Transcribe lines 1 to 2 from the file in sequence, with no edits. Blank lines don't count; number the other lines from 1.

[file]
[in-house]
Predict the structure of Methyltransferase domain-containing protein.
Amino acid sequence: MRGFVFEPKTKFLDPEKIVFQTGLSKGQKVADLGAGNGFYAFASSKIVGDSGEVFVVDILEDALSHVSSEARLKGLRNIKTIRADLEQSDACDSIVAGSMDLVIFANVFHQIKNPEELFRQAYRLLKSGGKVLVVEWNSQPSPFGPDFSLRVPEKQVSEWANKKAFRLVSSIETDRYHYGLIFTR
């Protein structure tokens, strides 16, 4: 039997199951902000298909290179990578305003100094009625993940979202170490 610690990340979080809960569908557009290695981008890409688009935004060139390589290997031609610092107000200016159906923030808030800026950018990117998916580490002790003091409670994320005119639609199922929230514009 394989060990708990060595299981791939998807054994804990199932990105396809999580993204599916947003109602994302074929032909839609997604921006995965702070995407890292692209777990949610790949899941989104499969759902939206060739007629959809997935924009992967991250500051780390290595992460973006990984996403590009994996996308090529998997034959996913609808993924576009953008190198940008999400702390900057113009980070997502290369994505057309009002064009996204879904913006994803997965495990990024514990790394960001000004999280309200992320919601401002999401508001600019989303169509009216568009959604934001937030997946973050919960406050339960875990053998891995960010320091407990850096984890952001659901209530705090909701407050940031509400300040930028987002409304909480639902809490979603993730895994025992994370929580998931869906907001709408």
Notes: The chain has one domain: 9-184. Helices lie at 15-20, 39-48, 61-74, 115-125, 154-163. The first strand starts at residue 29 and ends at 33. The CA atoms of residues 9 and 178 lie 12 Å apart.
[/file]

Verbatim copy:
[in-house]
Predict the structure of Methyltransferase domain-containing protein.